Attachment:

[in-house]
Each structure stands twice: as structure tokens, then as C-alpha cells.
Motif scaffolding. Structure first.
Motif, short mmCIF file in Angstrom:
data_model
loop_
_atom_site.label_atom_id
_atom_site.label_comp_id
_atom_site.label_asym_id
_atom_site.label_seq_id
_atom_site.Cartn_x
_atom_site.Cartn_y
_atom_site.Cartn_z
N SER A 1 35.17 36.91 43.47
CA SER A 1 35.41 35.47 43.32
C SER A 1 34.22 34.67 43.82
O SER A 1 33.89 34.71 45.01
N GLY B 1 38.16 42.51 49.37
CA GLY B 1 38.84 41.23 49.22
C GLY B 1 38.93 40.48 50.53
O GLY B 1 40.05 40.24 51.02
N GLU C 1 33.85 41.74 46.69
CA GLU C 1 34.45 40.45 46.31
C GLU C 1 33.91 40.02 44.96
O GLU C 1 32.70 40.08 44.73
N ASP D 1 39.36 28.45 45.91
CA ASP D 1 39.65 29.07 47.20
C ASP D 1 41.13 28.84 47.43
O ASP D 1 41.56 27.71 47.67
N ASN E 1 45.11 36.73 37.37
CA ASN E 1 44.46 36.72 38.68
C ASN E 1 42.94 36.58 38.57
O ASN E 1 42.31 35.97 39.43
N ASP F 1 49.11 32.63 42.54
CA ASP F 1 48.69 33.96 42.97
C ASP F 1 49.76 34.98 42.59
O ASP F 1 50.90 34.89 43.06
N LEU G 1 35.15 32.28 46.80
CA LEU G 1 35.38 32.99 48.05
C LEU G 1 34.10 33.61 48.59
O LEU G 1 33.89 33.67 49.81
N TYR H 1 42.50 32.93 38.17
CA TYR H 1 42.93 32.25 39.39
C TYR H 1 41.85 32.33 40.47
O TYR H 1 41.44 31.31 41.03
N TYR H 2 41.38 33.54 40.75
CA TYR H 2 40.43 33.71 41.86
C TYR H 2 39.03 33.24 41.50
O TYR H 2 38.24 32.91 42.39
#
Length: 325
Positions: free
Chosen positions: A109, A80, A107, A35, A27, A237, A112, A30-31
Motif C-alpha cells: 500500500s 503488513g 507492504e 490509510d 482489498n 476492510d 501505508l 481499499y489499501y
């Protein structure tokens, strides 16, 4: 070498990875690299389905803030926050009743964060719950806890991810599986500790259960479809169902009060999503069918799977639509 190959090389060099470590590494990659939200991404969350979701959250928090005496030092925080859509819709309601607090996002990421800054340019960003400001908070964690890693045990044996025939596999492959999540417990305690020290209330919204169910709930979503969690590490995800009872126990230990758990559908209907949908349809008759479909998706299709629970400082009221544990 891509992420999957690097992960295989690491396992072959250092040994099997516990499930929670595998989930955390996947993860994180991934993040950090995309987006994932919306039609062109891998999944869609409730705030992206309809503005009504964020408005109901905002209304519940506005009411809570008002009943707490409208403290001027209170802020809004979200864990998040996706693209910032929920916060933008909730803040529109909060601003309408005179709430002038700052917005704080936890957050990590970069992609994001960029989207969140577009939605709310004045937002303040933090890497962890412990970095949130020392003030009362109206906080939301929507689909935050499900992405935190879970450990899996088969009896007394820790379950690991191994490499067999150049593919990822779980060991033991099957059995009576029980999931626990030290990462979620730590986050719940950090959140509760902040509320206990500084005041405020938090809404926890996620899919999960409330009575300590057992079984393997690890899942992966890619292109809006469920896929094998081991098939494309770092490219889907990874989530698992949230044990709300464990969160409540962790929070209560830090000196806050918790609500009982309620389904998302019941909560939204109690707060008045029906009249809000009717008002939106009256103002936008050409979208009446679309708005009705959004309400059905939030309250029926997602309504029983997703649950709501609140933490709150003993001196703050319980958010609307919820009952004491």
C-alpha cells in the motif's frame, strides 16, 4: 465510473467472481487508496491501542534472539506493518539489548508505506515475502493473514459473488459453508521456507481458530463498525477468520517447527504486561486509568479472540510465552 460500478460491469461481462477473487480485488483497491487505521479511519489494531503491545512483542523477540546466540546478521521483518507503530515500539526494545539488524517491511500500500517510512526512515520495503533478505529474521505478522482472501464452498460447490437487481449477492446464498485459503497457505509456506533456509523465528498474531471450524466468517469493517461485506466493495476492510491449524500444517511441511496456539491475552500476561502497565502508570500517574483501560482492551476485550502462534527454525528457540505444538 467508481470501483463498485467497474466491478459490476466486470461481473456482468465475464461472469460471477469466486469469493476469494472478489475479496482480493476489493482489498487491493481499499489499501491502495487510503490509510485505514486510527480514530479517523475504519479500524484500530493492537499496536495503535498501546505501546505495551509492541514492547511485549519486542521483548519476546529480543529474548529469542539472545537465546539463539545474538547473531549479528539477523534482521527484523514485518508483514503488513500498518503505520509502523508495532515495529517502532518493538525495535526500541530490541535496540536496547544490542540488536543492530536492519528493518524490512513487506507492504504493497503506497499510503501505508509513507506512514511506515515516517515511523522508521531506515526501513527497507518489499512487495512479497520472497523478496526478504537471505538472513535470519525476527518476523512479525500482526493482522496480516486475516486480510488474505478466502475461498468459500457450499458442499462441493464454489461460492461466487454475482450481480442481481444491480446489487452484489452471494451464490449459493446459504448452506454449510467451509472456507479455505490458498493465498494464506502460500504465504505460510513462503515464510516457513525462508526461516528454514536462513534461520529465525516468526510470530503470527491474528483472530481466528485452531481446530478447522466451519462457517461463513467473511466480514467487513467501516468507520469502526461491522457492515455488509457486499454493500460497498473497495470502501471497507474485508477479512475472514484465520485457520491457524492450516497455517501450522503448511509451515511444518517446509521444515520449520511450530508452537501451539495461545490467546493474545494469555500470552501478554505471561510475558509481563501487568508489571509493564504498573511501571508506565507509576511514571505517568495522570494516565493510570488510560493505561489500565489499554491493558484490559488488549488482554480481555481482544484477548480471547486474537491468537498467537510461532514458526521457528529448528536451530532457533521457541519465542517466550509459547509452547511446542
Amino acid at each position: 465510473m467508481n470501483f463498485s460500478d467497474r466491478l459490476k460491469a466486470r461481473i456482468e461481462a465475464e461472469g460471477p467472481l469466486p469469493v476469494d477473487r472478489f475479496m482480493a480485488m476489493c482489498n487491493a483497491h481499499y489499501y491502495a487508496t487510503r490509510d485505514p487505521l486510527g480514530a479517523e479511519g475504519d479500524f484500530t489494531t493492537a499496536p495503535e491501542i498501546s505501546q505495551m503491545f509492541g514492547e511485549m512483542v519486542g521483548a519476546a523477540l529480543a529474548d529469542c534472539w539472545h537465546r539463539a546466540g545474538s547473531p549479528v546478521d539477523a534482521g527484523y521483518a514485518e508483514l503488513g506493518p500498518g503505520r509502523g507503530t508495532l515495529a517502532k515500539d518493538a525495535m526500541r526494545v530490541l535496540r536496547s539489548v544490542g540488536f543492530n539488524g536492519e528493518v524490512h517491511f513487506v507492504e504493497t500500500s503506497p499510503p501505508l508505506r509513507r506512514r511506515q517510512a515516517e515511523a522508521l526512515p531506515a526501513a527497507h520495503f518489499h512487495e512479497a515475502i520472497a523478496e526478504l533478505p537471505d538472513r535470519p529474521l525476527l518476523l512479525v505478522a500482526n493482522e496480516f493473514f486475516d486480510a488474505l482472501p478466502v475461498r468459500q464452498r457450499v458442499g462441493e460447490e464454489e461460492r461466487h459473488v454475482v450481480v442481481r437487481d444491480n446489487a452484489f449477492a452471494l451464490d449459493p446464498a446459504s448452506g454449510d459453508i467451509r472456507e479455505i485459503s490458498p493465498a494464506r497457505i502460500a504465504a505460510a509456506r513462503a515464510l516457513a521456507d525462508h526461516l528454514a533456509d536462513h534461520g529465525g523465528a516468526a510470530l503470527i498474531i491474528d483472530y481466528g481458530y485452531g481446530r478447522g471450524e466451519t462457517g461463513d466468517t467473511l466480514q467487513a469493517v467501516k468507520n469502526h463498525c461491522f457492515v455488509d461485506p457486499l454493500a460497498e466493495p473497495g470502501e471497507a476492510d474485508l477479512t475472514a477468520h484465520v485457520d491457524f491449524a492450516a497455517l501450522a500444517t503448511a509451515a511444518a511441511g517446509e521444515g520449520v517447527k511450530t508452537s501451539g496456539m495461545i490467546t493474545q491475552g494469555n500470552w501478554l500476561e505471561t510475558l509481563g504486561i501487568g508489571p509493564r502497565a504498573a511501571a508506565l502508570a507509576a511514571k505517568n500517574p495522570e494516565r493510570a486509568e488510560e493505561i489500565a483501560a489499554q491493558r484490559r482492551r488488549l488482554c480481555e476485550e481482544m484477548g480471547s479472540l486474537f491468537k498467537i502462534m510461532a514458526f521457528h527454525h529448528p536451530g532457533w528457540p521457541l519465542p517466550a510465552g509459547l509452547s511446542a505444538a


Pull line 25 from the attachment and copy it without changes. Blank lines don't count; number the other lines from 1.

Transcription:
O GLU C 1 32.70 40.08 44.73